Hybrid clubs are more popular and more in demand these days. To be able to keep up, knowing at least the basics is a necessity.
Since the composition of the golf ball has changed over the last 10 years, its spin rate had changed too so keeping the ball airborne is a bit harder to achieve now. Long irons are harder to hit while fairway wood requires too much room to swing.
Benefits of Using the Hybrid
There are three things that keep the ball airborne, namely: (1)speed, (2)spin rate and (3)launch angle. The hybrid clubs are little longer so it increases the ball’s speed and the launch angle. A lot of players use the 3-hybrid club to replace either 2-irons or their 3-irons. Also, because of the wood-like clubface that hybrids have, they are often used for long shots from difficult rough. Since shots that need punching out to low hanging branches, are difficult to maneuver with wood, hybrids are perfect for the job.
The average golfer, with the use of the hybrid, can give the ball a higher trajectory without changing his swing. Some players hit the hybrid clubs as they would irons. This is mainly because they hit down on the ball. However, if the player usually sweeps the ball, they should hit it up more. The hybrid club is designed like a 3-wood or a 5-wood with shorter length, helping players keep the club face square upon impact, especially on shots that need lengthy approach.
When using a long iron during the first cut of rough, the longer grass tends to grab the clubface and the hosel resulting to the ball being elevated and kept within target line. However, when a hybrid is used, it will bore through easily resulting to better and consistent impact.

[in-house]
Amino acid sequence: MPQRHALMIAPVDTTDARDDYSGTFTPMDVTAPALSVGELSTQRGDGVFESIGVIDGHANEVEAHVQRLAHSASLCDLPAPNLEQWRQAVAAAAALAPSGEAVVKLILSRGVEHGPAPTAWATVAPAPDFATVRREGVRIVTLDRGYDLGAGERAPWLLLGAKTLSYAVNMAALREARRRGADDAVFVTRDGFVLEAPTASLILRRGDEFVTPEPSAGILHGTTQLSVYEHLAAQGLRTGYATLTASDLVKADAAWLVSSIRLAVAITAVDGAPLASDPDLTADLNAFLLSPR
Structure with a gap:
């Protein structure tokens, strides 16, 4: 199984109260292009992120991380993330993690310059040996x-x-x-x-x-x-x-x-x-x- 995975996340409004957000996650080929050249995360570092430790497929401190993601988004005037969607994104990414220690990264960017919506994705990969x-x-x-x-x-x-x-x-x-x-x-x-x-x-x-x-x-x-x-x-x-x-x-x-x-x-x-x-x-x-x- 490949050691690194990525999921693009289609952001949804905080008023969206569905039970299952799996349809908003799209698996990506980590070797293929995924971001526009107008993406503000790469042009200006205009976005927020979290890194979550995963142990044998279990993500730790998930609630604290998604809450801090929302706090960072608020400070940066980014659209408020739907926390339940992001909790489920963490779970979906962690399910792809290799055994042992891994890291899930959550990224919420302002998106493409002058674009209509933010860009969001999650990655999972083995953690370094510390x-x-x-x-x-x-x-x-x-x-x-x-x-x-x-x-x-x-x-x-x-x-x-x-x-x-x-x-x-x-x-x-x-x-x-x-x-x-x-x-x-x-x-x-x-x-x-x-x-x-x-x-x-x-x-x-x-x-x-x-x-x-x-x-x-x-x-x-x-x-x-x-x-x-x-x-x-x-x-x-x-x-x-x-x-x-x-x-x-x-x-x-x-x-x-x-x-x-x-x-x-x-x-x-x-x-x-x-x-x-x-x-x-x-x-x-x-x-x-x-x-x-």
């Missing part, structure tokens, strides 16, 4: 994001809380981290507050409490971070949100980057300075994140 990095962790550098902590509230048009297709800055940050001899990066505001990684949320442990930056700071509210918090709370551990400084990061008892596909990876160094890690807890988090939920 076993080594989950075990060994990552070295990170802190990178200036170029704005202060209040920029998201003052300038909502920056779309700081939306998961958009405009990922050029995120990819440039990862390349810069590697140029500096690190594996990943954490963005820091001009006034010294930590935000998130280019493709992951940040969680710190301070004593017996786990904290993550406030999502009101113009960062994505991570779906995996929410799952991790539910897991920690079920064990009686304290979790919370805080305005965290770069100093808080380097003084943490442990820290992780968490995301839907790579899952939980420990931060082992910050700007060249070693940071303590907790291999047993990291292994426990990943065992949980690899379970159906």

The average shaft length of a 3-iron is about 38.5 inches while the hybrid counterpart has a longer shaft at 41 inches, improving the center of gravity.
When choosing hybrid club shafts, players must find something heavier than the fairway wood they use but lighter than the iron the player is used to. It is recommended to just have the at least 1-hybrid, 3-hybrid and 4-hybrid clubs in the bag but for players with preference to 5-wood, the 1-hybrid is a better choice.
Starters must find one that with a lower center of gravity and a larger head. Note that manufacturers have different standard lengths for all clubs so knowing what fits the player is utmost necessity. The shaft of a hybrid is the same as an iron shaft. However, their thickness differs. The hosel of an iron is 1/16 of an inch wider than that of a 5-wood. This characteristic keeps the head of irons and hybrids from twisting therefore a bit more accurate.
When the player’s swing is a bit slow, replacing their 6-iron with a 3-hybrid up to a 5-hybrid. These gives five to eight yards farther than the iron counterparts even though the hybrids will not roll as far because of the increased trajectory.
In addition, beware of some manufacturers marketing irons as hybrid clubs to cut production costs. They just add one or more features to make it look more like a hybrid. The said clubs have faces that looks very similar to an iron but instead of the usual cavity-back or muscle-back design, they have a slightly bulging back to appear more like a wood. Some players actually choose these products because they swing like irons despite having added weight. How is this achieved? It’s quite simple. The weight increases the force of the swing while slowing it down.